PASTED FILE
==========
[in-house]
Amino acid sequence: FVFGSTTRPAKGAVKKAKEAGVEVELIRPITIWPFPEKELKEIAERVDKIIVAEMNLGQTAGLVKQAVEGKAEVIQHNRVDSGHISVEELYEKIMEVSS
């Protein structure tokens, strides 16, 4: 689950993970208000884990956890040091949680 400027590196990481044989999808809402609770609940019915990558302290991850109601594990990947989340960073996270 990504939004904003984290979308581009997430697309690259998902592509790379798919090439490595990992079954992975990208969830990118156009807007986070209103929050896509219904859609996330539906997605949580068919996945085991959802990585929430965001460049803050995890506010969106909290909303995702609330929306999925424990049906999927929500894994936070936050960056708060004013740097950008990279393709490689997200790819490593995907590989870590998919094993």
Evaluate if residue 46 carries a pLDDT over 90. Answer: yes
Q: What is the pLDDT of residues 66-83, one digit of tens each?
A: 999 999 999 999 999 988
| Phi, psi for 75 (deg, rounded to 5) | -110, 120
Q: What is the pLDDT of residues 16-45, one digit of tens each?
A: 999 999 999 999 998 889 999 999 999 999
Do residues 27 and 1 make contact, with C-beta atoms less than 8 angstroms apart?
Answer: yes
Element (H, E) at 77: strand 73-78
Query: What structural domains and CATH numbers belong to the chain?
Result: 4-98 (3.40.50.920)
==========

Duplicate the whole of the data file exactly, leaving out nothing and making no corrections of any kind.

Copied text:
[in-house]
Amino acid sequence: FVFGSTTRPAKGAVKKAKEAGVEVELIRPITIWPFPEKELKEIAERVDKIIVAEMNLGQTAGLVKQAVEGKAEVIQHNRVDSGHISVEELYEKIMEVSS
């Protein structure tokens, strides 16, 4: 689950993970208000884990956890040091949680 400027590196990481044989999808809402609770609940019915990558302290991850109601594990990947989340960073996270 990504939004904003984290979308581009997430697309690259998902592509790379798919090439490595990992079954992975990208969830990118156009807007986070209103929050896509219904859609996330539906997605949580068919996945085991959802990585929430965001460049803050995890506010969106909290909303995702609330929306999925424990049906999927929500894994936070936050960056708060004013740097950008990279393709490689997200790819490593995907590989870590998919094993």
Evaluate if residue 46 carries a pLDDT over 90. Answer: yes
Q: What is the pLDDT of residues 66-83, one digit of tens each?
A: 999 999 999 999 999 988
| Phi, psi for 75 (deg, rounded to 5) | -110, 120
Q: What is the pLDDT of residues 16-45, one digit of tens each?
A: 999 999 999 999 998 889 999 999 999 999
Do residues 27 and 1 make contact, with C-beta atoms less than 8 angstroms apart?
Answer: yes
Element (H, E) at 77: strand 73-78
Query: What structural domains and CATH numbers belong to the chain?
Result: 4-98 (3.40.50.920)